Karl Benjamin's reputation preceded him as one of the four Los Angeles-based Abstract Classicists. For many who knew him closely he was regarded as a kind and generous person and a great painter.
In an art world that all too often brims with attitude, Karl was a man greatly admired for his serious and dedicated approach to painting, his investment in those he chose to mentor and for being a truly kind soul.
Many of us have Karl stories that we have told over the years -- mine is brief and I'll share it here:
By the time I was ten years old I knew that I would be an artist. My family moved to Claremont, California when I was twelve. I was earnestly painting still lifes I'd set up on the kitchen counter and landscapes of Mt. Baldy that I could see from my backyard. In the village of Claremont there was a shop at that time, a hippie shop, called Tsia that still exists in some other incarnation today.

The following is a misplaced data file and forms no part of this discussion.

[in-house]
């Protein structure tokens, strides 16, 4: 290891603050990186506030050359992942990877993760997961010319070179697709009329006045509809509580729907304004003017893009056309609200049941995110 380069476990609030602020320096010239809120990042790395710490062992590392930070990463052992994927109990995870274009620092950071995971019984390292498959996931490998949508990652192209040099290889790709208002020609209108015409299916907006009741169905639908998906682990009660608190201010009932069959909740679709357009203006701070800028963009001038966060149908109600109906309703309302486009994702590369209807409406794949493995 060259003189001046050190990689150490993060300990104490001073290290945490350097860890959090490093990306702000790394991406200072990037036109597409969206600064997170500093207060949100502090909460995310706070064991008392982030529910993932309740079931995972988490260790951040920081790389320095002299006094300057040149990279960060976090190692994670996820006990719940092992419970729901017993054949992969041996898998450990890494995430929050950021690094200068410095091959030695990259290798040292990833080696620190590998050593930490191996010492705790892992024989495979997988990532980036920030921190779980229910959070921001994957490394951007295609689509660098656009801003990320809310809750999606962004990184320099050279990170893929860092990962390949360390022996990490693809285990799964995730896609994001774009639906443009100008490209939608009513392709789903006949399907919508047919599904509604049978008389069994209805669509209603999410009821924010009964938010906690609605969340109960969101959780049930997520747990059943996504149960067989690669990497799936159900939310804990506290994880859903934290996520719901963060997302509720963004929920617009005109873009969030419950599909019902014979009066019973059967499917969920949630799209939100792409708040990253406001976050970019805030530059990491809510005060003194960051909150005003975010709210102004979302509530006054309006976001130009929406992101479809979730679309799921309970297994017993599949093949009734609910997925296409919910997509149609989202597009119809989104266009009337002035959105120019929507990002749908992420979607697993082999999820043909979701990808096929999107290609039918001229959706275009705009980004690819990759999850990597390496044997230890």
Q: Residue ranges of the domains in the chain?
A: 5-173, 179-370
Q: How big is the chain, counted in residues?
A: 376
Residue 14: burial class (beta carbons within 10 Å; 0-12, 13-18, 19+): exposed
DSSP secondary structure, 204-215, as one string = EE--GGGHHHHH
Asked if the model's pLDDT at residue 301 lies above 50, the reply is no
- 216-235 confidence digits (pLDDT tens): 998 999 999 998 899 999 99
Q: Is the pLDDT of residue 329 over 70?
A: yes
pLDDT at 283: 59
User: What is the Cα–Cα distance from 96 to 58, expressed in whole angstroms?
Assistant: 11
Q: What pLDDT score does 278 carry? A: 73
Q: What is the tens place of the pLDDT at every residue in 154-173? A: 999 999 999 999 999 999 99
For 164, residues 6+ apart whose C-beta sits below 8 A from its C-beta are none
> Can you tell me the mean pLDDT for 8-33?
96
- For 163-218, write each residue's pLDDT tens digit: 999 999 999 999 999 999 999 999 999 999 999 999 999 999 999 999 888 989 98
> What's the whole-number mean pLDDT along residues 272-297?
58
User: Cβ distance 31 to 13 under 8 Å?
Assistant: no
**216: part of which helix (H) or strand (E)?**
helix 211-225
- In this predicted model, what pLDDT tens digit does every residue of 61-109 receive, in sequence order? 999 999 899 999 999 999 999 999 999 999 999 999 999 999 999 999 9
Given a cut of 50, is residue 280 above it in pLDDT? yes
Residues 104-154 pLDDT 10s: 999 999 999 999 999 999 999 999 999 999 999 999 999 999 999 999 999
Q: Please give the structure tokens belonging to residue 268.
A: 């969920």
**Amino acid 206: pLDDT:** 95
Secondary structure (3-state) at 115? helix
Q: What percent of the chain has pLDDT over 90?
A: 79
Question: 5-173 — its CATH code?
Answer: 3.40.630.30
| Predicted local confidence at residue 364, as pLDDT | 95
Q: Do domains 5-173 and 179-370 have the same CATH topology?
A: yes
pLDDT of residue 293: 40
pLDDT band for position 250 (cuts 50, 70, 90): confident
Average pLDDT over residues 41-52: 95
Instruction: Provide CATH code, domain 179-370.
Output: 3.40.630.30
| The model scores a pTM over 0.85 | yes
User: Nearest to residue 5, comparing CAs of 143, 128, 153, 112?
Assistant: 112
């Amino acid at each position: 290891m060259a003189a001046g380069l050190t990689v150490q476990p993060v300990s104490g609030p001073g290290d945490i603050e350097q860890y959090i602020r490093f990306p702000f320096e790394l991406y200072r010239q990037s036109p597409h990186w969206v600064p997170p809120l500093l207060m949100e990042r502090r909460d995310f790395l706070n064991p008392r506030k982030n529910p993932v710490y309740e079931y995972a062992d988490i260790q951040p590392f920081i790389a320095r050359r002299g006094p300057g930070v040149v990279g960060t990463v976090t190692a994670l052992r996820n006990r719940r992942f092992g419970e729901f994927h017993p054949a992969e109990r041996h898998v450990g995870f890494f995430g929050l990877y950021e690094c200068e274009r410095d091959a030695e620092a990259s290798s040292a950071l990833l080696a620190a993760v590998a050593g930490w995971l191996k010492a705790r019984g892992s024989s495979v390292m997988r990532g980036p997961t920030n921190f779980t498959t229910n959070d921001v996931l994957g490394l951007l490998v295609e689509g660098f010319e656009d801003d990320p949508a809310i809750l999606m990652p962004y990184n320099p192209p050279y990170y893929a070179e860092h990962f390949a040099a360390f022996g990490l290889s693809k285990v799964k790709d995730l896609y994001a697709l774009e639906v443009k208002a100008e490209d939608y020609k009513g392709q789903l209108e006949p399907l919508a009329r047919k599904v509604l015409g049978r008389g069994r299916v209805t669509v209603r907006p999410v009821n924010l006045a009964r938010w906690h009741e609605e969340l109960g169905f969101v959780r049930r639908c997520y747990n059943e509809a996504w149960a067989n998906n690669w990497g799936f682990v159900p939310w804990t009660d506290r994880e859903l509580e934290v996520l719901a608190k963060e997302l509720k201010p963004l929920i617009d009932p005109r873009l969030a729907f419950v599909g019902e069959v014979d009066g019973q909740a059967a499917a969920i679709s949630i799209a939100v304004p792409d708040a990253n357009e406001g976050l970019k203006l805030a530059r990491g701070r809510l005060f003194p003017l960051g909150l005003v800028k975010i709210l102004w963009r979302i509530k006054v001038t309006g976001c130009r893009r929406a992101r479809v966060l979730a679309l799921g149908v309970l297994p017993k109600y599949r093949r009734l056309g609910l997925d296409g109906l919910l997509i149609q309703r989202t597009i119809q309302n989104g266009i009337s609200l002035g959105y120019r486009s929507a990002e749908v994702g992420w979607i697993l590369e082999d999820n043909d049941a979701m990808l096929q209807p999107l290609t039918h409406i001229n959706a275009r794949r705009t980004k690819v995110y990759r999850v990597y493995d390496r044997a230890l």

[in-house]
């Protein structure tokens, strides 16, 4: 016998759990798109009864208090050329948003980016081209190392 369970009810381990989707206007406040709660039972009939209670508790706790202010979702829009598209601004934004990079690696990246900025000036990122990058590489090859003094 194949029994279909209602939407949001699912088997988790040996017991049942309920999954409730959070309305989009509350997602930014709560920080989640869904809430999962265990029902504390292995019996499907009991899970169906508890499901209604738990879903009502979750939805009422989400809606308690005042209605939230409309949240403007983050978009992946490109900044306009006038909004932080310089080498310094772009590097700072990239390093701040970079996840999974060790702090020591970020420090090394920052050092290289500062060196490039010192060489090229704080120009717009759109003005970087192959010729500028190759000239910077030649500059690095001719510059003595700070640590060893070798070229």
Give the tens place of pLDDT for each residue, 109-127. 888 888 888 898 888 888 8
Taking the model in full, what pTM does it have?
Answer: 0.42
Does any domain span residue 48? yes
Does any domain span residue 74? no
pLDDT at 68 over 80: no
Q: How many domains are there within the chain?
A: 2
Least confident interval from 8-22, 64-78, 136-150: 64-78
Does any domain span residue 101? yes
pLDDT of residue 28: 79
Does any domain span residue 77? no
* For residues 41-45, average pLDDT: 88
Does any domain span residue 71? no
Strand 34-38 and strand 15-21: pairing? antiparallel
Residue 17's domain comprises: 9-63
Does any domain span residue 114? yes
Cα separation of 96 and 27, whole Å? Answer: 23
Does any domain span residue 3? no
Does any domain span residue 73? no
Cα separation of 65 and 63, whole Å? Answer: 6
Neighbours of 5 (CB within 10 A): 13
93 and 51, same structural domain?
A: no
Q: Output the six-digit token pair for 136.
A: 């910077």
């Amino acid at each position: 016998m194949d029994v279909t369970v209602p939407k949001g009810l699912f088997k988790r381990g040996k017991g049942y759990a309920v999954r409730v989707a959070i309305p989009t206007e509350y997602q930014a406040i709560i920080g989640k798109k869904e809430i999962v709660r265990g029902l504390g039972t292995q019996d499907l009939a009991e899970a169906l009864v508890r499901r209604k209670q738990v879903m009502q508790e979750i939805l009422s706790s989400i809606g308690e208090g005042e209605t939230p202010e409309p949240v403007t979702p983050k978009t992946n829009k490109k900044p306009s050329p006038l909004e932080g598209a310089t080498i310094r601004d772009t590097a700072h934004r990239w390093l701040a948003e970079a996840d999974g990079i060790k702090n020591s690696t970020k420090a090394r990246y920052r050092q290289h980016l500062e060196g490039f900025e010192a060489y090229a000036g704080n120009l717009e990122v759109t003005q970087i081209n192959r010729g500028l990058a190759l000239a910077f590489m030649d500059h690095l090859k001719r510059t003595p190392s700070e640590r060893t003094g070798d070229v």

One day I saw this magnificent thing hanging in the window of Tsia. It was like something I'd never seen. It was a painting but it didn't feature anything representational, no mountains or flowers or even an object, just colors, patterns and shapes but it still looked like a painting-- it hung on the wall and was a square. It was a Karl Benjamin painting. My mind was blown wide open. I thought, you mean it's possible to make a painting that looked like that. I was thirteen years old at the time and it changed my mind forever about what was possible in painting.
So began my long love affair with Karl's work and as I got to be much older I came to recognize who he was, his importance in the art world, in the history of painting and what a kind and encouraging person he was to me and others.
A beautifully written, in-depth piece by Suzanne Muchnic appeared in the LA Times on the day that Karl Benjamin died at age 86.
The Estate of Karl Benjamin is handled by Louis Stern Fine Arts, in West Hollywood, California.
See a slideshow of his work below:
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